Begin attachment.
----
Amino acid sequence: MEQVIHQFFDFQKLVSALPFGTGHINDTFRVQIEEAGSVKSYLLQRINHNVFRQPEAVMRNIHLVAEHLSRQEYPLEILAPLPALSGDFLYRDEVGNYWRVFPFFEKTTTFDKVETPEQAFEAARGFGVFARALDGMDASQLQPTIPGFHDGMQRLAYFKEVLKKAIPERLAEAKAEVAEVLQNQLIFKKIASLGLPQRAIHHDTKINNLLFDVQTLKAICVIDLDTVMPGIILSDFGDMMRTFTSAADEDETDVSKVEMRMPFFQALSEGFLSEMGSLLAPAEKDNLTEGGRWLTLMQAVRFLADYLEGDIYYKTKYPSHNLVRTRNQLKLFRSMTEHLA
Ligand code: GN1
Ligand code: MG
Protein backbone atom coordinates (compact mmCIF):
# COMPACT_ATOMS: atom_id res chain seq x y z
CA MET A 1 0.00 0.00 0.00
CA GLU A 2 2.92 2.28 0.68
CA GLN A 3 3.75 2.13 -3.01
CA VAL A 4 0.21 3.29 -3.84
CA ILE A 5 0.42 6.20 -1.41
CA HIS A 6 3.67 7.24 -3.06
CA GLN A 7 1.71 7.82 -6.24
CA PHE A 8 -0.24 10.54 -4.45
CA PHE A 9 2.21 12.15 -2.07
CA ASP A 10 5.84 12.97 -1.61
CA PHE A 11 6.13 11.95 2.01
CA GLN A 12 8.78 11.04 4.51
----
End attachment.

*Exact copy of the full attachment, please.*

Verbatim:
Amino acid sequence: MEQVIHQFFDFQKLVSALPFGTGHINDTFRVQIEEAGSVKSYLLQRINHNVFRQPEAVMRNIHLVAEHLSRQEYPLEILAPLPALSGDFLYRDEVGNYWRVFPFFEKTTTFDKVETPEQAFEAARGFGVFARALDGMDASQLQPTIPGFHDGMQRLAYFKEVLKKAIPERLAEAKAEVAEVLQNQLIFKKIASLGLPQRAIHHDTKINNLLFDVQTLKAICVIDLDTVMPGIILSDFGDMMRTFTSAADEDETDVSKVEMRMPFFQALSEGFLSEMGSLLAPAEKDNLTEGGRWLTLMQAVRFLADYLEGDIYYKTKYPSHNLVRTRNQLKLFRSMTEHLA
Ligand code: GN1
Ligand code: MG
Protein backbone atom coordinates (compact mmCIF):
# COMPACT_ATOMS: atom_id res chain seq x y z
CA MET A 1 0.00 0.00 0.00
CA GLU A 2 2.92 2.28 0.68
CA GLN A 3 3.75 2.13 -3.01
CA VAL A 4 0.21 3.29 -3.84
CA ILE A 5 0.42 6.20 -1.41
CA HIS A 6 3.67 7.24 -3.06
CA GLN A 7 1.71 7.82 -6.24
CA PHE A 8 -0.24 10.54 -4.45
CA PHE A 9 2.21 12.15 -2.07
CA ASP A 10 5.84 12.97 -1.61
CA PHE A 11 6.13 11.95 2.01
CA GLN A 12 8.78 11.04 4.51